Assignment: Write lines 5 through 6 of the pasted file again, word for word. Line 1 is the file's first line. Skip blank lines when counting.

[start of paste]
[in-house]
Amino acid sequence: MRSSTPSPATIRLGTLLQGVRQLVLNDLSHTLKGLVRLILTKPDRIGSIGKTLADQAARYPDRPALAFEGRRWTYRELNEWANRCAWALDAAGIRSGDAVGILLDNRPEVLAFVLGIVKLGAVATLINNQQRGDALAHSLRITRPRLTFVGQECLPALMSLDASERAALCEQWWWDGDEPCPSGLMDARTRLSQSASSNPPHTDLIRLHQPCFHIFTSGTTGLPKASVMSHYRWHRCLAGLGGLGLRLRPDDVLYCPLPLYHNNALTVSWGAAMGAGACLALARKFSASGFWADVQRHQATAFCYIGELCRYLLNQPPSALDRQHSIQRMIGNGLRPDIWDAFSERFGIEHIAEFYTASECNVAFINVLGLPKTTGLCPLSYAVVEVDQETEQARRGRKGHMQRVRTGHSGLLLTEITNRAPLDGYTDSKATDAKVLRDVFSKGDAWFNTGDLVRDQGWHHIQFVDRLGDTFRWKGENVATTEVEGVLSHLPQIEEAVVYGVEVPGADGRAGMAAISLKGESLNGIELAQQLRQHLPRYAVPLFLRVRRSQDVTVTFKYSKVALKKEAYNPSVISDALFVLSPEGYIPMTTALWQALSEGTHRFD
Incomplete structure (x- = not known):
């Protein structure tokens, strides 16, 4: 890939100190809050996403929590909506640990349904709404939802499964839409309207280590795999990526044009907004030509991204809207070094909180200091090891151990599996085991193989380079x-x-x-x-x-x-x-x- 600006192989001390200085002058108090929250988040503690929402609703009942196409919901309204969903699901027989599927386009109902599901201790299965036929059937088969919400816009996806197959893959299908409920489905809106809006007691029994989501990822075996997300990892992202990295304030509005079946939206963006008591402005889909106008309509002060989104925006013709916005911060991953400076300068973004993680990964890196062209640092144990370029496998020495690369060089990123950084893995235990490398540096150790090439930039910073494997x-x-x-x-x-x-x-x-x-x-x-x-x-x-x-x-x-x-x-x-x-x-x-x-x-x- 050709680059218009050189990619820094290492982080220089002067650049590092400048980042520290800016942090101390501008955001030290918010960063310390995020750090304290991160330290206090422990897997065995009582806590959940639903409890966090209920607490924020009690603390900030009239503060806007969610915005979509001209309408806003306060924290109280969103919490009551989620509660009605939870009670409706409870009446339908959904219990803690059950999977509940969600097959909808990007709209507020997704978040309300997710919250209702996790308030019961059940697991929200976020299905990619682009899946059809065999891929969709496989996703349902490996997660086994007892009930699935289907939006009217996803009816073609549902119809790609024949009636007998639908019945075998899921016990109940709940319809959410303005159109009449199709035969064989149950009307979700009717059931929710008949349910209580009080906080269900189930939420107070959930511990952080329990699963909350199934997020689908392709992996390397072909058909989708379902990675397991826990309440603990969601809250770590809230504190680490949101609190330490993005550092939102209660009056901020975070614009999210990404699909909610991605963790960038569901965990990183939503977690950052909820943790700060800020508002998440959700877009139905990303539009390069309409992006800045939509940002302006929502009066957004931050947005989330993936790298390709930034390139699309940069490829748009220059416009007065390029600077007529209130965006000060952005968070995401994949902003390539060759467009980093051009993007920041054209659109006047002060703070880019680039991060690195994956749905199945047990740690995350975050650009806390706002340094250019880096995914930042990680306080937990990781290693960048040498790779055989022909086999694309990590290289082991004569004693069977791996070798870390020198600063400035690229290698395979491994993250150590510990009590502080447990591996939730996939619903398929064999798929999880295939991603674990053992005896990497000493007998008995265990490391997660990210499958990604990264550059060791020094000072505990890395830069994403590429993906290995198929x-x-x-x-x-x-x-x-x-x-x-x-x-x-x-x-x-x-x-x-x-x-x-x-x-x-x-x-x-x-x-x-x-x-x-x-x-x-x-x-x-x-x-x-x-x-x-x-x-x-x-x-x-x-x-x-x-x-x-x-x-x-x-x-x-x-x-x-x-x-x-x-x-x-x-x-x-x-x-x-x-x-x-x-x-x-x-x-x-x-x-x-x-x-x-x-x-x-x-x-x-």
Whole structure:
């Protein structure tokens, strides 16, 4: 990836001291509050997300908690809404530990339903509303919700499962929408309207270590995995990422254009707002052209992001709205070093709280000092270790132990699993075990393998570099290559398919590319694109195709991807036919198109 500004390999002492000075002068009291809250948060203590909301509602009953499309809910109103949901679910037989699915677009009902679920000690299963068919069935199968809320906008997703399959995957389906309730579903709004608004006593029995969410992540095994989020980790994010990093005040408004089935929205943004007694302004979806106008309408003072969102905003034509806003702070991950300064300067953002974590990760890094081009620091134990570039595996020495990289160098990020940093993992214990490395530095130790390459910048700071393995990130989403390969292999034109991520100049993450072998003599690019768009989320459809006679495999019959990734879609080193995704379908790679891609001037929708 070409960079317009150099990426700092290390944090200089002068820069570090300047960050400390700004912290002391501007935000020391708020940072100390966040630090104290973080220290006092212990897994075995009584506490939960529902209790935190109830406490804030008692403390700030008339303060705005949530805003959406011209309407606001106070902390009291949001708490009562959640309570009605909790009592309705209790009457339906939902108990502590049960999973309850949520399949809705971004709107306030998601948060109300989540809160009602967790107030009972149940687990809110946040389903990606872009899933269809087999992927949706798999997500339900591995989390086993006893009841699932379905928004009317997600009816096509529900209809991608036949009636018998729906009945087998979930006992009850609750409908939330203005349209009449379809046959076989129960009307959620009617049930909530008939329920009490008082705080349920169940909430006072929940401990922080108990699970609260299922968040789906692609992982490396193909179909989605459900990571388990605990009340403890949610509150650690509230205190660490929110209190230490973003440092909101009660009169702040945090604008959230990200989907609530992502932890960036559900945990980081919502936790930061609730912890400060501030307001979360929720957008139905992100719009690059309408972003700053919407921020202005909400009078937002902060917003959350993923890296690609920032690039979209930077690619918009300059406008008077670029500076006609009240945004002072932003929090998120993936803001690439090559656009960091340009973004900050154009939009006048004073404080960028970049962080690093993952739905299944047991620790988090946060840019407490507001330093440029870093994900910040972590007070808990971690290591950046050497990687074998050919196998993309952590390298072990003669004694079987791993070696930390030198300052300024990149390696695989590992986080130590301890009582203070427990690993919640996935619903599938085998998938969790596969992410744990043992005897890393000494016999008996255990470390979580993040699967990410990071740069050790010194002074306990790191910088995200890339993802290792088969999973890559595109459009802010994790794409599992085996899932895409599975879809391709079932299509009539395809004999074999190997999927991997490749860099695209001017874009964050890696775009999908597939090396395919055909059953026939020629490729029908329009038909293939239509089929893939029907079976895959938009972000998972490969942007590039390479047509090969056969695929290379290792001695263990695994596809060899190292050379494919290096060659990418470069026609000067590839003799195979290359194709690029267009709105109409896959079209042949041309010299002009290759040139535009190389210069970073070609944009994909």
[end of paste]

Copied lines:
Whole structure:
């Protein structure tokens, strides 16, 4: 990836001291509050997300908690809404530990339903509303919700499962929408309207270590995995990422254009707002052209992001709205070093709280000092270790132990699993075990393998570099290559398919590319694109195709991807036919198109 500004390999002492000075002068009291809250948060203590909301509602009953499309809910109103949901679910037989699915677009009902679920000690299963068919069935199968809320906008997703399959995957389906309730579903709004608004006593029995969410992540095994989020980790994010990093005040408004089935929205943004007694302004979806106008309408003072969102905003034509806003702070991950300064300067953002974590990760890094081009620091134990570039595996020495990289160098990020940093993992214990490395530095130790390459910048700071393995990130989403390969292999034109991520100049993450072998003599690019768009989320459809006679495999019959990734879609080193995704379908790679891609001037929708 070409960079317009150099990426700092290390944090200089002068820069570090300047960050400390700004912290002391501007935000020391708020940072100390966040630090104290973080220290006092212990897994075995009584506490939960529902209790935190109830406490804030008692403390700030008339303060705005949530805003959406011209309407606001106070902390009291949001708490009562959640309570009605909790009592309705209790009457339906939902108990502590049960999973309850949520399949809705971004709107306030998601948060109300989540809160009602967790107030009972149940687990809110946040389903990606872009899933269809087999992927949706798999997500339900591995989390086993006893009841699932379905928004009317997600009816096509529900209809991608036949009636018998729906009945087998979930006992009850609750409908939330203005349209009449379809046959076989129960009307959620009617049930909530008939329920009490008082705080349920169940909430006072929940401990922080108990699970609260299922968040789906692609992982490396193909179909989605459900990571388990605990009340403890949610509150650690509230205190660490929110209190230490973003440092909101009660009169702040945090604008959230990200989907609530992502932890960036559900945990980081919502936790930061609730912890400060501030307001979360929720957008139905992100719009690059309408972003700053919407921020202005909400009078937002902060917003959350993923890296690609920032690039979209930077690619918009300059406008008077670029500076006609009240945004002072932003929090998120993936803001690439090559656009960091340009973004900050154009939009006048004073404080960028970049962080690093993952739905299944047991620790988090946060840019407490507001330093440029870093994900910040972590007070808990971690290591950046050497990687074998050919196998993309952590390298072990003669004694079987791993070696930390030198300052300024990149390696695989590992986080130590301890009582203070427990690993919640996935619903599938085998998938969790596969992410744990043992005897890393000494016999008996255990470390979580993040699967990410990071740069050790010194002074306990790191910088995200890339993802290792088969999973890559595109459009802010994790794409599992085996899932895409599975879809391709079932299509009539395809004999074999190997999927991997490749860099695209001017874009964050890696775009999908597939090396395919055909059953026939020629490729029908329009038909293939239509089929893939029907079976895959938009972000998972490969942007590039390479047509090969056969695929290379290792001695263990695994596809060899190292050379494919290096060659990418470069026609000067590839003799195979290359194709690029267009709105109409896959079209042949041309010299002009290759040139535009190389210069970073070609944009994909």